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SEDGWICK, AMY (afterwards Mrs. Parkes, Mrs. Pemberton, and Mrs. Goostry) (1830–1897), actress, was born in Bristol in October 1830. After acting as an amateur in London in 1852, it is said under the name of Mortimer, she appeared at Richmond theatre as Julia in the 'Hunchback.' She was then seen at Bristol as Mrs. White in the farce of that name, and at Cardiff as Pauline in the ' Lady of Lyons.' After playing in various Yorkshire towns she was engaged by Knowles for three seasons at Manchester, where she became a favourite. Her first appearance in London was made on 5 Oct. 1857 as Pauline in the 'Lady of Lyons' at the Haymarket, where on the 13th she played Constance in the 'Love Chase.' On 7 Nov. she was the first Hester Grazebrook in Taylor's 'Unequal Match,' a part with which she was ever after associated. Beatrice in 'Much Ado about Nothing' followed in February 1858, Julia in the 'Hunchback' on 1 March, and on 30 June Lady Teazle. Subsequently she was seen as Juliana in the 'Honeymoon,' was on 12 March 1859 the original Kate Robertson in Palgrave Simpson's 'The World and the Stage,' and played Rosalind, Peg Woffington, Miss Dorillon in 'Wives as they were and Maids as they are,' Mrs. Haller in the 'Stranger,' and Marie de Fontanges in 'Plot and Passion.' On 9 May 1860 she was the first Una in Falconer's 'Family Secret,' on 23 June Miss Vandeleur in 'Does he love me?' by the same writer, and Lady Blanche in Taylor's 'Babes in the Wood' on 10 Nov. In 1861 she was at the Olympic, where she was the first Mrs. Bloomly in H. Wigan's 'Charming Woman' on 20 June. At the Princess's she was on 19 Feb. 1863 the first Orelia in Lewis Filmore's 'Winning Suit.'

She was also the first Phoebe Topper in 'One Good Turn deserves another,' and Aurora Ffloyd in Mr. Cheltnam's adaptation so named. In 1866 she managed the Haymarket during a summer season, and on 2 Oct. at Drury Lane played Lady Macbeth to the Macbeth of Sullivan, and afterwards to that of H. Talbot. At the Haymarket she was on 8 July 1867 the first Blanche de Raincourt in Mead's adaptation, the 'Coquette.' On 10 Oct. 1868, as directress under H. B. Lacy, she opened the Marylebone, renamed the Alfred, with 'Pindee Singh' by C. H. Stephenson, in which she was Pindee Singh. The experiment was a failure. In Miss Le Thiere's 'All for Money,' Haymarket, 12 July 1869, she was the first Ida Fitzhubert. Her last appearance in London was at the Havmarket as Constance in the 'Love Chase' (May 1877). She instructed pupils and gave dramatic recitals, reading more than once before Queen Victoria. Miss Sedgwick married in 1858 Dr. W. B. Parkes, who died in 1863. She was subsequently known (1876) as Mrs. Pemberton. She then married Mr. Goostry. Her portrait as Constance was presented to the corporation of Brighton, where she lived for some years. Subsequently she removed to Hayward's Heath, where she died on 7 Nov. 1897, and was buried on the 11th. She was a capable actress, though she failed to reach the first rank.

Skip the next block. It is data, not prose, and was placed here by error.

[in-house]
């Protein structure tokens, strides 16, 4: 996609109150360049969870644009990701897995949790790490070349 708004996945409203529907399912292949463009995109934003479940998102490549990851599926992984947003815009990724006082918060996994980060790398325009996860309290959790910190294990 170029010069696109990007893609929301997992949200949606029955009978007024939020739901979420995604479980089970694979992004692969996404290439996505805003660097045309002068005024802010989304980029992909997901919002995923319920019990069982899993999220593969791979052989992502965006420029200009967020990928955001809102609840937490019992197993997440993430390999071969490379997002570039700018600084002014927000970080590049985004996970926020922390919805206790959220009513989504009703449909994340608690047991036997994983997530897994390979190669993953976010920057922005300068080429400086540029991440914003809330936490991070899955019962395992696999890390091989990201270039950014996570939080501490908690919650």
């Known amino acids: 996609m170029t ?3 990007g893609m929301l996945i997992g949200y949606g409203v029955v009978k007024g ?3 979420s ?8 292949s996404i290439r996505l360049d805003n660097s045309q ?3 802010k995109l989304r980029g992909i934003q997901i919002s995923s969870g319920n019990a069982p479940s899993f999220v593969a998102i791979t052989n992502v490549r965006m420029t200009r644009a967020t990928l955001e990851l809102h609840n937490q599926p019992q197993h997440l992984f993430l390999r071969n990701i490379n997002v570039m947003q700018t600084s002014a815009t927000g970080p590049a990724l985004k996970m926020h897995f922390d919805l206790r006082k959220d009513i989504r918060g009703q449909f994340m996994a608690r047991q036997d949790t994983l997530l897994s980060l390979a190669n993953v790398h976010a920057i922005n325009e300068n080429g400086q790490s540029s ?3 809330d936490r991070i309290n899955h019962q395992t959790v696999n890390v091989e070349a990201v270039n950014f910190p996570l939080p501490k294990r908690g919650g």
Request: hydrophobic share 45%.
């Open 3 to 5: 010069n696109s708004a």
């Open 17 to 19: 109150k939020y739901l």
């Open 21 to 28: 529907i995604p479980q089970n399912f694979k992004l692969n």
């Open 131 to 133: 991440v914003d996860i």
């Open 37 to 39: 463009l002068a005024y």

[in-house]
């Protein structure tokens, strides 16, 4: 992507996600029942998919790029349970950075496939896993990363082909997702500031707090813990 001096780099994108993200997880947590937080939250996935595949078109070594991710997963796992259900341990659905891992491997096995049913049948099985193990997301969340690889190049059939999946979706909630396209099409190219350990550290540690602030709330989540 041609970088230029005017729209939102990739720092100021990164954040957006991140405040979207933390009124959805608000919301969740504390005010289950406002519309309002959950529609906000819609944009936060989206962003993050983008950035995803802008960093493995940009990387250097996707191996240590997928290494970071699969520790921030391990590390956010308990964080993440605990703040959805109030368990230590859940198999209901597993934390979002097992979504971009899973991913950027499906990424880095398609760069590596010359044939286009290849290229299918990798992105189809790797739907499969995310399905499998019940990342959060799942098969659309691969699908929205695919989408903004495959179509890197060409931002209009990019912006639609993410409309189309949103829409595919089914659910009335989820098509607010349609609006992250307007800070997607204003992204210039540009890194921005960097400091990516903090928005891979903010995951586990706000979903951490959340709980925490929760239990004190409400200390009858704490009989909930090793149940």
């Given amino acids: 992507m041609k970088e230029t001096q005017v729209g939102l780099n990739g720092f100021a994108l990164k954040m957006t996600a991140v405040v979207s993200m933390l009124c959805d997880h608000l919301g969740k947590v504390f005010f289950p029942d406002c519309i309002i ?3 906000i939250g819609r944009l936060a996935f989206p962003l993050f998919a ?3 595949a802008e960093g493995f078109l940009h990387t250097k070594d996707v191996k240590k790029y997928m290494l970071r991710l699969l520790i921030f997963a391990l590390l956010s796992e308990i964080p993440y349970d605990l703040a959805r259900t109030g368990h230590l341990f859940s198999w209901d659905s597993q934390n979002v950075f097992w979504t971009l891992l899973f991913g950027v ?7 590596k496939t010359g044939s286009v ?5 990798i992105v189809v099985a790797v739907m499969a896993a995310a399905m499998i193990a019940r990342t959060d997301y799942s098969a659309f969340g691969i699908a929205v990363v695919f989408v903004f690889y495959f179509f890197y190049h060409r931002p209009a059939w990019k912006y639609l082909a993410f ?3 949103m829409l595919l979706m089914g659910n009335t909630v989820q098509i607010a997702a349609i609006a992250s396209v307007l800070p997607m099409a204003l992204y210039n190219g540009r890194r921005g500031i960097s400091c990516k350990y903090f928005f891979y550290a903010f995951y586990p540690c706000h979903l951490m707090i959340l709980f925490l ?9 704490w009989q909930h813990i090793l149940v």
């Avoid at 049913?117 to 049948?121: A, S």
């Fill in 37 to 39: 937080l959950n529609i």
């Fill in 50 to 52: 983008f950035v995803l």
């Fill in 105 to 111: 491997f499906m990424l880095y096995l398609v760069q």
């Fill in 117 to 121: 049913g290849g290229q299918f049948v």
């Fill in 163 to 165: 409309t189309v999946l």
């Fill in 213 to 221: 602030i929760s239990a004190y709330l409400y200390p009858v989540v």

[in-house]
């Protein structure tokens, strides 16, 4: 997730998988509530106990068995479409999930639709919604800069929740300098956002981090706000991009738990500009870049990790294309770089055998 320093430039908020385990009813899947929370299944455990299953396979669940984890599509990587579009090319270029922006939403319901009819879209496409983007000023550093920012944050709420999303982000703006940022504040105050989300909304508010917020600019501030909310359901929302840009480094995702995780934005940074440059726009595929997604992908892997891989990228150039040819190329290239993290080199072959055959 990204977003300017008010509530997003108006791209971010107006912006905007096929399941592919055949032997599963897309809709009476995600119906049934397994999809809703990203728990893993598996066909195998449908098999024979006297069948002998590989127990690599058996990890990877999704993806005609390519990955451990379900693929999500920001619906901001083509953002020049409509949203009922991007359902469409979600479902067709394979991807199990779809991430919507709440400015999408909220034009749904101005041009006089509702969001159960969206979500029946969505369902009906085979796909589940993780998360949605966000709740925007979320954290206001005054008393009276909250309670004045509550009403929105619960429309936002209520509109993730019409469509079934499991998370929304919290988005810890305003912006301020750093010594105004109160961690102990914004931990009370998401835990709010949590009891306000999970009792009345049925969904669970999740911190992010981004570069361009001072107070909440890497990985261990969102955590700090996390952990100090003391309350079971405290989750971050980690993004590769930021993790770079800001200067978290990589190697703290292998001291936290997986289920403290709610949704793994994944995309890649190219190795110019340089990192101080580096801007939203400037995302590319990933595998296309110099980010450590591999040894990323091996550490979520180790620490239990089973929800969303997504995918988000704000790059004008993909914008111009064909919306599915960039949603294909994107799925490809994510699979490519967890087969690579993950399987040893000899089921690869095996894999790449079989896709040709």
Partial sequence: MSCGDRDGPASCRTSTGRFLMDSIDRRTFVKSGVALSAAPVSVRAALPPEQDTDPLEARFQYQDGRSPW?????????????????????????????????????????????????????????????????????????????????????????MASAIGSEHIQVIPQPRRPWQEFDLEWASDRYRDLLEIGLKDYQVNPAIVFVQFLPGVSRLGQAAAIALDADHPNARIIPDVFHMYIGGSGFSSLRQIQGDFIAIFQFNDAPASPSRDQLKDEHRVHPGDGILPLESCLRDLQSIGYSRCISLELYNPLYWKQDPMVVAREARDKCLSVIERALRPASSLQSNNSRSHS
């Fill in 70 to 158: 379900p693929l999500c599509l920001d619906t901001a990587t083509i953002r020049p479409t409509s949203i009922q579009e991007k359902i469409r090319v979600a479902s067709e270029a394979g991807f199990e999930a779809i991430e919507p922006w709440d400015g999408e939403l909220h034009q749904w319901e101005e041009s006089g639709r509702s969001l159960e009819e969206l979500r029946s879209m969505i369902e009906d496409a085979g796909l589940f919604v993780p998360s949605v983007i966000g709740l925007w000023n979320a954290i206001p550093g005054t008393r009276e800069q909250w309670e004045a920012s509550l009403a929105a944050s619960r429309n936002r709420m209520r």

[Personal knowledge; The Players, 1860; Scott and Howard's Blanchard; Daily Telegraph, 9 Nov. 1897; Era, 13 Nov. 1897; Athenæum, 13 Nov. 1897; Era Almanack, various years; Sunday Times, various years; Pascoe's Dramatic List.]

J. K.